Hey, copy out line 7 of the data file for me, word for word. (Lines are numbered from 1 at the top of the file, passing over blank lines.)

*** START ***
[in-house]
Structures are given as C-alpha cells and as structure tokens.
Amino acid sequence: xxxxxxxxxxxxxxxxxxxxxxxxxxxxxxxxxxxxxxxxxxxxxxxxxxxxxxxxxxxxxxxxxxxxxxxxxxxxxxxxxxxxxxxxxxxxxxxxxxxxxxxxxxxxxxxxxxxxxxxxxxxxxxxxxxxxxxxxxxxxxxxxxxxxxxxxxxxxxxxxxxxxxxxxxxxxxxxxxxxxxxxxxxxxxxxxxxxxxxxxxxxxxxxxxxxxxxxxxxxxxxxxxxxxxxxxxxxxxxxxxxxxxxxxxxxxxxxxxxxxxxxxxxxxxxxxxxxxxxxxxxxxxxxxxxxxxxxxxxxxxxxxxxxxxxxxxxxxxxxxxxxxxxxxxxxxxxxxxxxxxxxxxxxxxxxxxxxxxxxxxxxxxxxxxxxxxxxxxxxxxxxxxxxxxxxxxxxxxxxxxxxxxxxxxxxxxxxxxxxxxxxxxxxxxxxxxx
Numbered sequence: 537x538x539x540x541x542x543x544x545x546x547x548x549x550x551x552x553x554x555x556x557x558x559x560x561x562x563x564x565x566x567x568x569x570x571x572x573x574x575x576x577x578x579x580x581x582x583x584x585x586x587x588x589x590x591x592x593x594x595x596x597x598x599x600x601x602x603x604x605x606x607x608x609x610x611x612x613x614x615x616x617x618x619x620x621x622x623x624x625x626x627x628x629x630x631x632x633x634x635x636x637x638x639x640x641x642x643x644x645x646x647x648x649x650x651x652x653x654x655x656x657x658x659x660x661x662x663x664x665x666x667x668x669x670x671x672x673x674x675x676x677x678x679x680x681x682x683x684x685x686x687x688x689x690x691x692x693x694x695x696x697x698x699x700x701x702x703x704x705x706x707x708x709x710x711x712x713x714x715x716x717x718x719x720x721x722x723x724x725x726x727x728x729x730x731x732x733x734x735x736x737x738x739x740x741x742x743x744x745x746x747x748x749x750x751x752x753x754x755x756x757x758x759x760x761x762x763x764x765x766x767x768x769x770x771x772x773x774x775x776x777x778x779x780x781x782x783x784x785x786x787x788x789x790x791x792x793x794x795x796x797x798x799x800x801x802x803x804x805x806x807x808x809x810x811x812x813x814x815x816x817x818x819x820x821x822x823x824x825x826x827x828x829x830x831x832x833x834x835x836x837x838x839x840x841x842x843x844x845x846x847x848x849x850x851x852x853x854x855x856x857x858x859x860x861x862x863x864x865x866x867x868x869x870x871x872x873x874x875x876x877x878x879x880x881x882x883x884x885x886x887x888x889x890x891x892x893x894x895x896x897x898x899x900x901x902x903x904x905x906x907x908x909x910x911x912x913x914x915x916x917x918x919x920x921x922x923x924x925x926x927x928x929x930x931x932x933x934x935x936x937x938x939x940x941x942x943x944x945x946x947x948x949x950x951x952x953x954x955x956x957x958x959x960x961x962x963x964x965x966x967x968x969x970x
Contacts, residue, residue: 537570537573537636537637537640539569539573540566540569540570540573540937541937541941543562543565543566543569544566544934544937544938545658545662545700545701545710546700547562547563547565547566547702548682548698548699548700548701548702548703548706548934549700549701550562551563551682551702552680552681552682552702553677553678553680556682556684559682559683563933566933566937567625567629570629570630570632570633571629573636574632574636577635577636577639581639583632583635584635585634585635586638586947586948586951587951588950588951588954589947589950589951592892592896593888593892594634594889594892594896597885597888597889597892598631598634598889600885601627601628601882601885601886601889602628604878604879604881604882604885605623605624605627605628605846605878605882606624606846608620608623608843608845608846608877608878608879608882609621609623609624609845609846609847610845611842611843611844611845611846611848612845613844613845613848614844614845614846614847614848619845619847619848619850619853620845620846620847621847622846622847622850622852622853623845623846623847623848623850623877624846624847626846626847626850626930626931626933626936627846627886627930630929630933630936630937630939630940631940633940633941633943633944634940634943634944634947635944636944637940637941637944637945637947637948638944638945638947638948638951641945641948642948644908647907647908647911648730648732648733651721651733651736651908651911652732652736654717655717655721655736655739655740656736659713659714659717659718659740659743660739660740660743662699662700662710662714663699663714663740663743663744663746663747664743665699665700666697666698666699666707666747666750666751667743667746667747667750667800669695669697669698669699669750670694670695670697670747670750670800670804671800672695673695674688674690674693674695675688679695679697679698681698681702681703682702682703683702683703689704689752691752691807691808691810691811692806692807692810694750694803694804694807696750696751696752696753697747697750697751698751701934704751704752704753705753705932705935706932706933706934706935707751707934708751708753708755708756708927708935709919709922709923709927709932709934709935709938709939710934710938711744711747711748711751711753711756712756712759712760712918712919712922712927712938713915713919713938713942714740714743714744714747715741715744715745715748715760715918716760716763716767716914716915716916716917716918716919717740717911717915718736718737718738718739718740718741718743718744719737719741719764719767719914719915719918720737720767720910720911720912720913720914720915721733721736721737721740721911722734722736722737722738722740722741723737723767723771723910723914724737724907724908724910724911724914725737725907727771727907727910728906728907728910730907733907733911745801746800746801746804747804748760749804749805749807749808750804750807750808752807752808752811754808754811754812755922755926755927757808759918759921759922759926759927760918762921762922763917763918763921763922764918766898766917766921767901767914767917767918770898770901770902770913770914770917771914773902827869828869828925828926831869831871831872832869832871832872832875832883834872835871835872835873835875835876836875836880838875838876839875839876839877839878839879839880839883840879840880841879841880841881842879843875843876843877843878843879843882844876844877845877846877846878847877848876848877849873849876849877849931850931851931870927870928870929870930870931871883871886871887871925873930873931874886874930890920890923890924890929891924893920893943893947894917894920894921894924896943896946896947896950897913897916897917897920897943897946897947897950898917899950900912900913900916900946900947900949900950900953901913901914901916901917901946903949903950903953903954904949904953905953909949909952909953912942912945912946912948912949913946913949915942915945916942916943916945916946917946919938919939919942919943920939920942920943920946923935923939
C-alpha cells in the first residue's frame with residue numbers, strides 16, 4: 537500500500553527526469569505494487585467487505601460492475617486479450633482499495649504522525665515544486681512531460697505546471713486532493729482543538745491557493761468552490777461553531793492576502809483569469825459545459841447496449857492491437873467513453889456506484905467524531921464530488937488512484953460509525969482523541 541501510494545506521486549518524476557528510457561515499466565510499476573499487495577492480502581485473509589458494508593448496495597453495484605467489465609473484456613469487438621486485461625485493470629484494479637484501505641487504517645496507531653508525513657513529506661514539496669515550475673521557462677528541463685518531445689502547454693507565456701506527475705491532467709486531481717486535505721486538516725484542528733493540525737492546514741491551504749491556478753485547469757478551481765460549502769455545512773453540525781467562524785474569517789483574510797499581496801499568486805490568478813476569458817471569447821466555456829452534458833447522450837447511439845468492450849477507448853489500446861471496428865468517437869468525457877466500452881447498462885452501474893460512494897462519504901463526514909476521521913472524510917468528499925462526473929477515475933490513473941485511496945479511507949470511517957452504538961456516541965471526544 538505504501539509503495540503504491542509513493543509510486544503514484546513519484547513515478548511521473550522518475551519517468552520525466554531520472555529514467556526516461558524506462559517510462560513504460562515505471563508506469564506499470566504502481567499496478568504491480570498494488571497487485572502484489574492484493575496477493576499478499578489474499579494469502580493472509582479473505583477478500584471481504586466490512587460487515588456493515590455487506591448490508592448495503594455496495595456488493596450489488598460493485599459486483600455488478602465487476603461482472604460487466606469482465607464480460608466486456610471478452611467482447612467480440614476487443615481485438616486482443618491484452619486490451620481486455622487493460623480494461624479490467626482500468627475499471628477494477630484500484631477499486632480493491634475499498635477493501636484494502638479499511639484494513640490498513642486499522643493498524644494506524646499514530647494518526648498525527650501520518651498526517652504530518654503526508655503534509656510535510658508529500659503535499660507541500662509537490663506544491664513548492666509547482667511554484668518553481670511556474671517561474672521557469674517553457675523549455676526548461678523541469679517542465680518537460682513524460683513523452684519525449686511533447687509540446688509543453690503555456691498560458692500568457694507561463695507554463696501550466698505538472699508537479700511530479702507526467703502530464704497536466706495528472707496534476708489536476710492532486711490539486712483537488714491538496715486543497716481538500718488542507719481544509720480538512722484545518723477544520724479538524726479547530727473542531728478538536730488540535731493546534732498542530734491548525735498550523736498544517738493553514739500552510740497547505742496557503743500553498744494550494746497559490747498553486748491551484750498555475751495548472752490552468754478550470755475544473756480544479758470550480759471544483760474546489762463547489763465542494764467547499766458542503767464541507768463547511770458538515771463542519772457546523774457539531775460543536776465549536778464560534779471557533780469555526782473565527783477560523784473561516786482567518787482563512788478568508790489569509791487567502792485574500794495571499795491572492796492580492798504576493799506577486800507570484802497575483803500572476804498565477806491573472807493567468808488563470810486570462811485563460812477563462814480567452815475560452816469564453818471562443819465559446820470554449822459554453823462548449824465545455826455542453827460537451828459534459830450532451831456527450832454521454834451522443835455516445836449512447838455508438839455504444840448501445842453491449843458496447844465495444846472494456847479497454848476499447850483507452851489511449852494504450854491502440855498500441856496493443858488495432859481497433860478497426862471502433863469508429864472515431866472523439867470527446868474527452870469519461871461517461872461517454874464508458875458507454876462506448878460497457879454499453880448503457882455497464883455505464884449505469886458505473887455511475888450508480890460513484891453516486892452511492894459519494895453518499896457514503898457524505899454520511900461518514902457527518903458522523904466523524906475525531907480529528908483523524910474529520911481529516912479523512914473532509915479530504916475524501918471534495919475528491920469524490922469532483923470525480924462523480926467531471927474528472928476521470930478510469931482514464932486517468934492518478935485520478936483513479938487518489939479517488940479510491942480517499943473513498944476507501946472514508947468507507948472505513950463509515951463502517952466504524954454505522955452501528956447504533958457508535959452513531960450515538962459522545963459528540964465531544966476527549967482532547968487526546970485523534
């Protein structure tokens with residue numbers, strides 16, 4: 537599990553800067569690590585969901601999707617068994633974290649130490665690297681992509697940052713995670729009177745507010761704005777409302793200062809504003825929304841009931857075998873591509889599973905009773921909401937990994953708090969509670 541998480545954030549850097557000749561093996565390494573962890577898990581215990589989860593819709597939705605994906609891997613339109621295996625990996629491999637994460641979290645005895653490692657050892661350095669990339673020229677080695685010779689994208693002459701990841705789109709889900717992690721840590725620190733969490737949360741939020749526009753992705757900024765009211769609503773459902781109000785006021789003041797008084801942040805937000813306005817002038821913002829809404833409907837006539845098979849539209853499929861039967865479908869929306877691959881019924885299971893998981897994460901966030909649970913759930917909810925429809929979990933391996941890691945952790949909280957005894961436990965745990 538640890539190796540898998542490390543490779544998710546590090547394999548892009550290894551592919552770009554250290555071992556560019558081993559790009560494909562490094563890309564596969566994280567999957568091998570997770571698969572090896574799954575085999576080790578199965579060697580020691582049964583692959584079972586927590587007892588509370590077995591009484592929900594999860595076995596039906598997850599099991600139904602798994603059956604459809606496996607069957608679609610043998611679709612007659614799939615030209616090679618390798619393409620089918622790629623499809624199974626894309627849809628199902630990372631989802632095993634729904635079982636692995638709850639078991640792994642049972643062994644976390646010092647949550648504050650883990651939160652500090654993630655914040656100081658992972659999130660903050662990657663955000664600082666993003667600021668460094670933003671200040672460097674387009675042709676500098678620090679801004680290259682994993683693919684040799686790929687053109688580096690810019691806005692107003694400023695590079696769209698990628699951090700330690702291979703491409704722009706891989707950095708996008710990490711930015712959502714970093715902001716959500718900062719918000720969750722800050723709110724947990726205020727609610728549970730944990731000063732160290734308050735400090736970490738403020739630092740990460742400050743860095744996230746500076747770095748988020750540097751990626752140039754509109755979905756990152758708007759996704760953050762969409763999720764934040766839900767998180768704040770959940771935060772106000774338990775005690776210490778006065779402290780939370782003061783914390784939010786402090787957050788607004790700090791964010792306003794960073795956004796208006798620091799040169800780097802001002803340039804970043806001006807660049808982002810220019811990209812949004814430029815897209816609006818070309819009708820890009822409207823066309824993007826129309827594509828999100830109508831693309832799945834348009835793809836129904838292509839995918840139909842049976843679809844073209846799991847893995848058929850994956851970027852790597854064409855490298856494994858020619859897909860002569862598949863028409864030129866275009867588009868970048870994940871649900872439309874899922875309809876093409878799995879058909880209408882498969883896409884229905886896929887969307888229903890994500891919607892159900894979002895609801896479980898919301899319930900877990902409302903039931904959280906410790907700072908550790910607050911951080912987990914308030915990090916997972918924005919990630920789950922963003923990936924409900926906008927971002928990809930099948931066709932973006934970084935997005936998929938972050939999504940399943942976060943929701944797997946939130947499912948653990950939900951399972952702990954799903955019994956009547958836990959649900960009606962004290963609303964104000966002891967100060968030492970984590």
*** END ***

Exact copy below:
């Protein structure tokens with residue numbers, strides 16, 4: 537599990553800067569690590585969901601999707617068994633974290649130490665690297681992509697940052713995670729009177745507010761704005777409302793200062809504003825929304841009931857075998873591509889599973905009773921909401937990994953708090969509670 541998480545954030549850097557000749561093996565390494573962890577898990581215990589989860593819709597939705605994906609891997613339109621295996625990996629491999637994460641979290645005895653490692657050892661350095669990339673020229677080695685010779689994208693002459701990841705789109709889900717992690721840590725620190733969490737949360741939020749526009753992705757900024765009211769609503773459902781109000785006021789003041797008084801942040805937000813306005817002038821913002829809404833409907837006539845098979849539209853499929861039967865479908869929306877691959881019924885299971893998981897994460901966030909649970913759930917909810925429809929979990933391996941890691945952790949909280957005894961436990965745990 538640890539190796540898998542490390543490779544998710546590090547394999548892009550290894551592919552770009554250290555071992556560019558081993559790009560494909562490094563890309564596969566994280567999957568091998570997770571698969572090896574799954575085999576080790578199965579060697580020691582049964583692959584079972586927590587007892588509370590077995591009484592929900594999860595076995596039906598997850599099991600139904602798994603059956604459809606496996607069957608679609610043998611679709612007659614799939615030209616090679618390798619393409620089918622790629623499809624199974626894309627849809628199902630990372631989802632095993634729904635079982636692995638709850639078991640792994642049972643062994644976390646010092647949550648504050650883990651939160652500090654993630655914040656100081658992972659999130660903050662990657663955000664600082666993003667600021668460094670933003671200040672460097674387009675042709676500098678620090679801004680290259682994993683693919684040799686790929687053109688580096690810019691806005692107003694400023695590079696769209698990628699951090700330690702291979703491409704722009706891989707950095708996008710990490711930015712959502714970093715902001716959500718900062719918000720969750722800050723709110724947990726205020727609610728549970730944990731000063732160290734308050735400090736970490738403020739630092740990460742400050743860095744996230746500076747770095748988020750540097751990626752140039754509109755979905756990152758708007759996704760953050762969409763999720764934040766839900767998180768704040770959940771935060772106000774338990775005690776210490778006065779402290780939370782003061783914390784939010786402090787957050788607004790700090791964010792306003794960073795956004796208006798620091799040169800780097802001002803340039804970043806001006807660049808982002810220019811990209812949004814430029815897209816609006818070309819009708820890009822409207823066309824993007826129309827594509828999100830109508831693309832799945834348009835793809836129904838292509839995918840139909842049976843679809844073209846799991847893995848058929850994956851970027852790597854064409855490298856494994858020619859897909860002569862598949863028409864030129866275009867588009868970048870994940871649900872439309874899922875309809876093409878799995879058909880209408882498969883896409884229905886896929887969307888229903890994500891919607892159900894979002895609801896479980898919301899319930900877990902409302903039931904959280906410790907700072908550790910607050911951080912987990914308030915990090916997972918924005919990630920789950922963003923990936924409900926906008927971002928990809930099948931066709932973006934970084935997005936998929938972050939999504940399943942976060943929701944797997946939130947499912948653990950939900951399972952702990954799903955019994956009547958836990959649900960009606962004290963609303964104000966002891967100060968030492970984590």